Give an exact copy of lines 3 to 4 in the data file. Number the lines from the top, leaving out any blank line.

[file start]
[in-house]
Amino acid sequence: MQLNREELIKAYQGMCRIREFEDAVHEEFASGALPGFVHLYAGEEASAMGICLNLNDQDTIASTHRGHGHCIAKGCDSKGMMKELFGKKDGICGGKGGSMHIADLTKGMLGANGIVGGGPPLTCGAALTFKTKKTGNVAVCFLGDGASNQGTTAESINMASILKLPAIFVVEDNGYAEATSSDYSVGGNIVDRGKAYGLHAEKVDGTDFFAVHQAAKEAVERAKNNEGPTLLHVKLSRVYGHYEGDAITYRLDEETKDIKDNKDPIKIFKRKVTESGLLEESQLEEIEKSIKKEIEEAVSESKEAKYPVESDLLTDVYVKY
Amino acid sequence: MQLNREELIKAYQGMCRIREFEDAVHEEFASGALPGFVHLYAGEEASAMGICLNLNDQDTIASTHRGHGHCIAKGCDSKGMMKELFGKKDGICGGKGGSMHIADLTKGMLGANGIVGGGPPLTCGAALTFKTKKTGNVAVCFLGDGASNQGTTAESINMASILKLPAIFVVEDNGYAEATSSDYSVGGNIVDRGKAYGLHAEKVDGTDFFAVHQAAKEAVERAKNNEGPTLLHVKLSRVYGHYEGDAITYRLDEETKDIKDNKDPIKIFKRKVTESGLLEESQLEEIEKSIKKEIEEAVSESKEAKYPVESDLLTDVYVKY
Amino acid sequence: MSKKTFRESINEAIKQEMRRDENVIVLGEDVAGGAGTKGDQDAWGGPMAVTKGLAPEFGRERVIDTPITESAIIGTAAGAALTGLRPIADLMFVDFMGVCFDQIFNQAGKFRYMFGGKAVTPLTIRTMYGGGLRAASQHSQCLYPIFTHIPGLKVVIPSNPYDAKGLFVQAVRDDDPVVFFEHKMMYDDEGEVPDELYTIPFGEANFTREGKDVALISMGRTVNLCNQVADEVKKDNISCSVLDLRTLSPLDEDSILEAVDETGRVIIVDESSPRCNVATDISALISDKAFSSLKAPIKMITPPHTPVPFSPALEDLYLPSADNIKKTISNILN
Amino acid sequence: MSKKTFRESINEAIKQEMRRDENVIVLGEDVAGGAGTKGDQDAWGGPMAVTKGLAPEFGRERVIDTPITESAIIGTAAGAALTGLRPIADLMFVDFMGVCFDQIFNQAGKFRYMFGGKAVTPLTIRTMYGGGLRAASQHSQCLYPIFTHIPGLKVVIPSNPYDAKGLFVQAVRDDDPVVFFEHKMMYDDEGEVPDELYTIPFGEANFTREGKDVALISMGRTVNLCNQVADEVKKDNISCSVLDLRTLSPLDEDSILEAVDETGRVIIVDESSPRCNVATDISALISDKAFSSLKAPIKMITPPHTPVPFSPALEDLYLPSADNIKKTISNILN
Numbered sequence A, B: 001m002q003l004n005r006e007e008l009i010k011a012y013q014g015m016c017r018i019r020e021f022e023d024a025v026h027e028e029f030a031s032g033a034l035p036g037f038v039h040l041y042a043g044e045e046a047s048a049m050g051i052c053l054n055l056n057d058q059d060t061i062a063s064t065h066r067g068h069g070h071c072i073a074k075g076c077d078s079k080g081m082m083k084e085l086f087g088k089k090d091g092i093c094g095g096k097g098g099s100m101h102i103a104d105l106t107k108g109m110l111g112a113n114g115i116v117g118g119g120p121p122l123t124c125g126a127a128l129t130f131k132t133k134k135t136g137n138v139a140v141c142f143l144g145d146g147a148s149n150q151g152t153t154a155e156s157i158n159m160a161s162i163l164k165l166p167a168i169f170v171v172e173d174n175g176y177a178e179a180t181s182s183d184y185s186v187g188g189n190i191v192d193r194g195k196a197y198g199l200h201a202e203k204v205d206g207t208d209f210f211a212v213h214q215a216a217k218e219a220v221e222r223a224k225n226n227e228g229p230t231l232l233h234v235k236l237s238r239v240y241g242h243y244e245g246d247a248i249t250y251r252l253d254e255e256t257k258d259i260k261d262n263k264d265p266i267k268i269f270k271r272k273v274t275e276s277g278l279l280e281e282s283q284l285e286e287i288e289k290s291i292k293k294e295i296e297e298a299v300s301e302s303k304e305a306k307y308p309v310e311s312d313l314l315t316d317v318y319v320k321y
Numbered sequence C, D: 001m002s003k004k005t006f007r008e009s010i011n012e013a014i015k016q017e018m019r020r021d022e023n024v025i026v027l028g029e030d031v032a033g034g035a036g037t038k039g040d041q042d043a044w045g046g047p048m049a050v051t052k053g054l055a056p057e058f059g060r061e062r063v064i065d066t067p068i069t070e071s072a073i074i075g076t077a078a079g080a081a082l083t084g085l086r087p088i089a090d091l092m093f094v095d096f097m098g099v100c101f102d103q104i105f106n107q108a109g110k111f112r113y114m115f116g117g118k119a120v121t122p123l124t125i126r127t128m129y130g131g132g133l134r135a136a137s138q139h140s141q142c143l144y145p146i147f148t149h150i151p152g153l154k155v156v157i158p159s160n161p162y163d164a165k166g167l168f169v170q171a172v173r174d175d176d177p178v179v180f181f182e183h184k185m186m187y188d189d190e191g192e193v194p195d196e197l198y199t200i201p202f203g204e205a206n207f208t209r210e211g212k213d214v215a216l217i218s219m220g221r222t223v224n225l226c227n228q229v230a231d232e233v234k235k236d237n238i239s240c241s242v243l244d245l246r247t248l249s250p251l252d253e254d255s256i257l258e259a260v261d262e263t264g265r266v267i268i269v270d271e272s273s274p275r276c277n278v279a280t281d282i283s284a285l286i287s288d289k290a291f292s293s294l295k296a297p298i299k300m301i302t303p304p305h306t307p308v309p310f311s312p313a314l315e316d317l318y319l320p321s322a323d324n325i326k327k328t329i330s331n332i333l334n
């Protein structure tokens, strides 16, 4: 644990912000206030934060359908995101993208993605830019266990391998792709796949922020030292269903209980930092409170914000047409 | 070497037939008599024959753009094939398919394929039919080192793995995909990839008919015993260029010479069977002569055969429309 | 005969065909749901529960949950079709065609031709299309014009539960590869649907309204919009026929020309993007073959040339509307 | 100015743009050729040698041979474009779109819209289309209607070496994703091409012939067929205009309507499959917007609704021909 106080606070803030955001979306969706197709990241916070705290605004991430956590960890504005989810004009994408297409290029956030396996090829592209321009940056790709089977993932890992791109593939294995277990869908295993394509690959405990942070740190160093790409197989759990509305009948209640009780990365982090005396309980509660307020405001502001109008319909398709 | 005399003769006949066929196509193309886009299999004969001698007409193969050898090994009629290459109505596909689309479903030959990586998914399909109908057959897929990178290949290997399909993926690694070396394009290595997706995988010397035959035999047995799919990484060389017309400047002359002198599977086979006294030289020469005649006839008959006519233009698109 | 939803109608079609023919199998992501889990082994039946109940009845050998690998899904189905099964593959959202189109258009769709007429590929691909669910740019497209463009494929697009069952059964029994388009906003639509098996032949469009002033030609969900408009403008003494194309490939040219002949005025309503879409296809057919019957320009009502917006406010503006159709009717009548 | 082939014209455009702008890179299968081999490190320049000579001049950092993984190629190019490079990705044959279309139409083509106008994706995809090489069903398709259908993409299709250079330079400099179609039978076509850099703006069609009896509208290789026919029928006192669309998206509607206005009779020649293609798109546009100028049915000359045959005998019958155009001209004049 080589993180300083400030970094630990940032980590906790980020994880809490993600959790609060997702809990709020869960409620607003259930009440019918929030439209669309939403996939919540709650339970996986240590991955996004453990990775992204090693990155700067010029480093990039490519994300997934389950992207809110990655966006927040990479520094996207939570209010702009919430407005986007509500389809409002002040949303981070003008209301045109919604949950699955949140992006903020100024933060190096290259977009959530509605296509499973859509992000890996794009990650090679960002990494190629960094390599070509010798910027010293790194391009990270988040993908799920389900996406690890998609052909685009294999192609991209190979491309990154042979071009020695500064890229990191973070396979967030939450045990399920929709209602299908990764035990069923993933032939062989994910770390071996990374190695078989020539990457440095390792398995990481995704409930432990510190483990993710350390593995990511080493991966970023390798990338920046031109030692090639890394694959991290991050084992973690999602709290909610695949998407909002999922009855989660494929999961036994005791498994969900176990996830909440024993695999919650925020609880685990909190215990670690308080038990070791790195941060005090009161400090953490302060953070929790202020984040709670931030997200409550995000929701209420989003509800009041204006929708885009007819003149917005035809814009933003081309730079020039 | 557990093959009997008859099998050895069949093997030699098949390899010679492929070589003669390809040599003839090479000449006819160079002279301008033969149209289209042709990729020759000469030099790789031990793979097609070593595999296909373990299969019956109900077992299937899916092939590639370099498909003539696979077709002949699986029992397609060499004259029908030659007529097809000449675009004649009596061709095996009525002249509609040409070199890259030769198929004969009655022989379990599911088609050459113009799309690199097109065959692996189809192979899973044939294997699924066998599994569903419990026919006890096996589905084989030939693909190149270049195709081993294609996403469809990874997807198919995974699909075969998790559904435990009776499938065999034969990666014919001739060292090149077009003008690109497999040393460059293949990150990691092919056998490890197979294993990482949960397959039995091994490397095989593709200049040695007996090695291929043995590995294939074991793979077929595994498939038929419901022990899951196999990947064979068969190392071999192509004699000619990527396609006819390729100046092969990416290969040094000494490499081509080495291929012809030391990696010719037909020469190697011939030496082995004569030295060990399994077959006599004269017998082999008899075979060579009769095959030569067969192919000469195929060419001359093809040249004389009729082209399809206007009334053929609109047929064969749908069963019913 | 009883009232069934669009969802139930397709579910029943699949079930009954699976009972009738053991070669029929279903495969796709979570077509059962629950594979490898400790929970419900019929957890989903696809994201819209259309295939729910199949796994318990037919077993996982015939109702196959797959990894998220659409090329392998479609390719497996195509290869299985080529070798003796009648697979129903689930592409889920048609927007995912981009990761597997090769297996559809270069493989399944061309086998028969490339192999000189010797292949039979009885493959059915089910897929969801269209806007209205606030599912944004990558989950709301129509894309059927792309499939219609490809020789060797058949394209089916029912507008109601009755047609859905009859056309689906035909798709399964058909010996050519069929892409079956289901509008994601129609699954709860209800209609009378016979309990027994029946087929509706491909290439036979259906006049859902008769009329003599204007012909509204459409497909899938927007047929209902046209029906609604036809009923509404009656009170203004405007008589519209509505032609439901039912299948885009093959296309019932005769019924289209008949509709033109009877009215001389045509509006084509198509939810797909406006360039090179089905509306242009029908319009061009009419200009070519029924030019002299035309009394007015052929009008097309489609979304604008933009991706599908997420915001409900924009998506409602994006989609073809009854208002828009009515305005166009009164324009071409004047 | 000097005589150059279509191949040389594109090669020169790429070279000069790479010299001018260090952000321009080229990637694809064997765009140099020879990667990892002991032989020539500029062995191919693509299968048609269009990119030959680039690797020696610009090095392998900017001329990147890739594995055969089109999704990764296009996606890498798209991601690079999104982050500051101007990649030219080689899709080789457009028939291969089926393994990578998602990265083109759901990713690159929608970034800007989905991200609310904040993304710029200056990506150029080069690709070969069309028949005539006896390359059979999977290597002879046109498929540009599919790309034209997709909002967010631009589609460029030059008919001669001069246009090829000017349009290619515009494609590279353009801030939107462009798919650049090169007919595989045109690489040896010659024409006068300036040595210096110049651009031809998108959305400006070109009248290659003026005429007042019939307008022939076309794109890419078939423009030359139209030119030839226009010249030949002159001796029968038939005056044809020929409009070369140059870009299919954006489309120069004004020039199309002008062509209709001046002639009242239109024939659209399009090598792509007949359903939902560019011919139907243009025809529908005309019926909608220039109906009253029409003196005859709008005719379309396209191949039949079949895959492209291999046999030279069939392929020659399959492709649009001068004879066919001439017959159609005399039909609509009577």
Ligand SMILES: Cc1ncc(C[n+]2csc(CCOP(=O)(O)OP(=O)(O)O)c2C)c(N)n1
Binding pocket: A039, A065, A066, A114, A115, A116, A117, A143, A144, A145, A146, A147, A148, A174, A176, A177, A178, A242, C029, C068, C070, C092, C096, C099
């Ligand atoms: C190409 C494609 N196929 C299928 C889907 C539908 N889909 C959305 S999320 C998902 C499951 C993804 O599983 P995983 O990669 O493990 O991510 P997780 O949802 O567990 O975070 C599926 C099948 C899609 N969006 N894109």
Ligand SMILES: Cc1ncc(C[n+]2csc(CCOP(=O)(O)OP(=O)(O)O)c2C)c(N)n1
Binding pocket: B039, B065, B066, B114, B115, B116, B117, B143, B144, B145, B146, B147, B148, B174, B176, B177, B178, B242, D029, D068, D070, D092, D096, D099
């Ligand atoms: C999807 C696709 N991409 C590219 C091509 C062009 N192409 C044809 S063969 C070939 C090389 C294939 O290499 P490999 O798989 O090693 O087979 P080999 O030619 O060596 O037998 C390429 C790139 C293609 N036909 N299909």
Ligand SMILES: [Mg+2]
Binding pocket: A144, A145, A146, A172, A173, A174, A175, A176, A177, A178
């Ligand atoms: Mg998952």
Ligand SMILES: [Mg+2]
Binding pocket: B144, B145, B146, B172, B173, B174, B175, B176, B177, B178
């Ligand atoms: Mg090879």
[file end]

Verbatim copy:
Amino acid sequence: MQLNREELIKAYQGMCRIREFEDAVHEEFASGALPGFVHLYAGEEASAMGICLNLNDQDTIASTHRGHGHCIAKGCDSKGMMKELFGKKDGICGGKGGSMHIADLTKGMLGANGIVGGGPPLTCGAALTFKTKKTGNVAVCFLGDGASNQGTTAESINMASILKLPAIFVVEDNGYAEATSSDYSVGGNIVDRGKAYGLHAEKVDGTDFFAVHQAAKEAVERAKNNEGPTLLHVKLSRVYGHYEGDAITYRLDEETKDIKDNKDPIKIFKRKVTESGLLEESQLEEIEKSIKKEIEEAVSESKEAKYPVESDLLTDVYVKY
Amino acid sequence: MSKKTFRESINEAIKQEMRRDENVIVLGEDVAGGAGTKGDQDAWGGPMAVTKGLAPEFGRERVIDTPITESAIIGTAAGAALTGLRPIADLMFVDFMGVCFDQIFNQAGKFRYMFGGKAVTPLTIRTMYGGGLRAASQHSQCLYPIFTHIPGLKVVIPSNPYDAKGLFVQAVRDDDPVVFFEHKMMYDDEGEVPDELYTIPFGEANFTREGKDVALISMGRTVNLCNQVADEVKKDNISCSVLDLRTLSPLDEDSILEAVDETGRVIIVDESSPRCNVATDISALISDKAFSSLKAPIKMITPPHTPVPFSPALEDLYLPSADNIKKTISNILN